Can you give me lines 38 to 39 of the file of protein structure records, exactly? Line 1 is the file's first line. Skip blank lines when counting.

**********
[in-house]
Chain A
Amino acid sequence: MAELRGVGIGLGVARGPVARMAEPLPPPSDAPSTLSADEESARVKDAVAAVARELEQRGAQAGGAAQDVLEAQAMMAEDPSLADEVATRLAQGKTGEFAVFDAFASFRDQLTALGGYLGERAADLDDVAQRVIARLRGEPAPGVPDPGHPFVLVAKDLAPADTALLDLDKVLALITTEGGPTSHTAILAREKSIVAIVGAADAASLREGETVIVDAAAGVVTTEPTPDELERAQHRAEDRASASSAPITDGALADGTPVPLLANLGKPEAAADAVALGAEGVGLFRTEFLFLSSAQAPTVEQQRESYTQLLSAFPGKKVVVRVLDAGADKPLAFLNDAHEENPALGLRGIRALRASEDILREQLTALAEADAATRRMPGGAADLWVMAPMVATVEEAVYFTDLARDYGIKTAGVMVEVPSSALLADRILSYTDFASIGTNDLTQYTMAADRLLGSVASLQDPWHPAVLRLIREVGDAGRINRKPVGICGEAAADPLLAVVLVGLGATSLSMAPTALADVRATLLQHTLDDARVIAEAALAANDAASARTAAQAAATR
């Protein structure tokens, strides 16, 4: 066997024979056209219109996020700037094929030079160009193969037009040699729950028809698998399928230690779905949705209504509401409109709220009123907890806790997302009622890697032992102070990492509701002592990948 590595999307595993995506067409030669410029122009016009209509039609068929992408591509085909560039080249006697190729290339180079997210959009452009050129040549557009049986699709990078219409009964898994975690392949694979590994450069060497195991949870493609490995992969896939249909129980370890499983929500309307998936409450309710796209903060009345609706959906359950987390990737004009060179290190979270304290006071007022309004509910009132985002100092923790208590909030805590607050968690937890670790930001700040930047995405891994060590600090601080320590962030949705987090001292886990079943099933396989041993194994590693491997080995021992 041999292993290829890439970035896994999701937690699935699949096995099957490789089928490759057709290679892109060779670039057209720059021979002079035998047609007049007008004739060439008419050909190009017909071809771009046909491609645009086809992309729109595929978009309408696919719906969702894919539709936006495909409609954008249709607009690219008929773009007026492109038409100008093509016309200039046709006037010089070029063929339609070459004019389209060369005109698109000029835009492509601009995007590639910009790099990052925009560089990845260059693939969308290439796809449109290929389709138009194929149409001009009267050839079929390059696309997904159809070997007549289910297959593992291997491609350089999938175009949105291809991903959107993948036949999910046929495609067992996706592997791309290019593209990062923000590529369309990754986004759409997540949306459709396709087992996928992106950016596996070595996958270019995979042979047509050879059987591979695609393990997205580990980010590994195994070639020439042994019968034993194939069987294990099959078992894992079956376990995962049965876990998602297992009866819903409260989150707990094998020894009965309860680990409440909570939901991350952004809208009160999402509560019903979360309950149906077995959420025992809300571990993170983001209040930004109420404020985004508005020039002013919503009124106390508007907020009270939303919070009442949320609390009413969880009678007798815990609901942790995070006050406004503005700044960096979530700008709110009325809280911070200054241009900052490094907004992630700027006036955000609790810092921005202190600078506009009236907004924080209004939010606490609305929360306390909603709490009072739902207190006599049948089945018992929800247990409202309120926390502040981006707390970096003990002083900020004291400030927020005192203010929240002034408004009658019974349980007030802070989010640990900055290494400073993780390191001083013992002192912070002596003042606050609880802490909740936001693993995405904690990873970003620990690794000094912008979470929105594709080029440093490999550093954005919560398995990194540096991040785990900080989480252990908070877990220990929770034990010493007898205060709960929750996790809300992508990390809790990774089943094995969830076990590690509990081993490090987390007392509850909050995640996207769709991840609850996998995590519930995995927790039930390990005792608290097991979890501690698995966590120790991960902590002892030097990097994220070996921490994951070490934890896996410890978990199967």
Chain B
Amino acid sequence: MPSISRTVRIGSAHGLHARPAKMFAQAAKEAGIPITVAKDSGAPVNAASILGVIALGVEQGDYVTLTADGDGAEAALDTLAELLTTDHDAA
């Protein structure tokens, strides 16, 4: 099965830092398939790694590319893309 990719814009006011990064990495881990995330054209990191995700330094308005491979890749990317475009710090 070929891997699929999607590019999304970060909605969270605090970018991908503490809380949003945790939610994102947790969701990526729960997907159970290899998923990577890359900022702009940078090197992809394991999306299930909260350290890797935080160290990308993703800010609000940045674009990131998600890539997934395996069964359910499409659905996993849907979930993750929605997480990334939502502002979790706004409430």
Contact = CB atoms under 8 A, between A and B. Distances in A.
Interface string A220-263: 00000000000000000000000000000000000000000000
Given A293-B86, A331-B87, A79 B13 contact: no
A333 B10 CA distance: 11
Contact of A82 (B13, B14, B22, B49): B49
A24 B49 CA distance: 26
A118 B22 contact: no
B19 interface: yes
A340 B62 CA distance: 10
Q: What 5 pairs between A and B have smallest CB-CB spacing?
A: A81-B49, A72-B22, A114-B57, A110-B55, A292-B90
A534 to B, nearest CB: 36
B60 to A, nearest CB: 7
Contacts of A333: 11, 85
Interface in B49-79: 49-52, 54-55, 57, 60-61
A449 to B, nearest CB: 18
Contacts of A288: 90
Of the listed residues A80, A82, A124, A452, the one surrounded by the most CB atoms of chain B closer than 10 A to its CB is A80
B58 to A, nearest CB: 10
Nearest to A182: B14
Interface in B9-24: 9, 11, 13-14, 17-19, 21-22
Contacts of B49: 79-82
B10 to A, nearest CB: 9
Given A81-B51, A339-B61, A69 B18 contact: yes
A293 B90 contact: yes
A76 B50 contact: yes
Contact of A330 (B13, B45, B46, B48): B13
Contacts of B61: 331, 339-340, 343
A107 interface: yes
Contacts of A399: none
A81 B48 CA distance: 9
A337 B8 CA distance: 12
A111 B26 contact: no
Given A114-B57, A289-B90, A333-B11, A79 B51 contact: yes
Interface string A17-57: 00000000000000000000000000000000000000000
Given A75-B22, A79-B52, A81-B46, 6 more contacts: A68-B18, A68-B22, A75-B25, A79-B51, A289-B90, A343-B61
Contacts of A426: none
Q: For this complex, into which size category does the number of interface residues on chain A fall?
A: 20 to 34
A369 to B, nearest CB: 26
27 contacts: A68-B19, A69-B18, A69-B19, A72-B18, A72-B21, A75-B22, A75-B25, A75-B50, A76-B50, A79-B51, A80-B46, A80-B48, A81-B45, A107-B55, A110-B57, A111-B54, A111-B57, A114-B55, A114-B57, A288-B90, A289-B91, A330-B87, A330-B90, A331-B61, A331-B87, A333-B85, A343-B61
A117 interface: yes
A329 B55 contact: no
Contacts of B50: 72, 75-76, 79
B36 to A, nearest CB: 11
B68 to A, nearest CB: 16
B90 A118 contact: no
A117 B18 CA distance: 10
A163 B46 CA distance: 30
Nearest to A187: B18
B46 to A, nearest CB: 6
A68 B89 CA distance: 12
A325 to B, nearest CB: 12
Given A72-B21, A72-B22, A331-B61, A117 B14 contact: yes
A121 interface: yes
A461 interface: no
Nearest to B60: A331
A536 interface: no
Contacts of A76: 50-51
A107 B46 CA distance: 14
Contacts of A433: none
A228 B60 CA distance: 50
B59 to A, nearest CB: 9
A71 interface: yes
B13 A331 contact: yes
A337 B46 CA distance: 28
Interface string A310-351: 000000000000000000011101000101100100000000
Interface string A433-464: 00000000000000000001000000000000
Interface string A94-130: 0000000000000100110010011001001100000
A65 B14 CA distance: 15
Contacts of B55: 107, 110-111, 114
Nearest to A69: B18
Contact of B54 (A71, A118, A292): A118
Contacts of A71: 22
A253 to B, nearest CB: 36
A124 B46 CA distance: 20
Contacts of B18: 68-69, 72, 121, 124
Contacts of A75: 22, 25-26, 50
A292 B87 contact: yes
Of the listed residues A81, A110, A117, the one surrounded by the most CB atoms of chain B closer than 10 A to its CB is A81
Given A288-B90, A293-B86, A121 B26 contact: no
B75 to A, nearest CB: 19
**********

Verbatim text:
A81 B48 CA distance: 9
A337 B8 CA distance: 12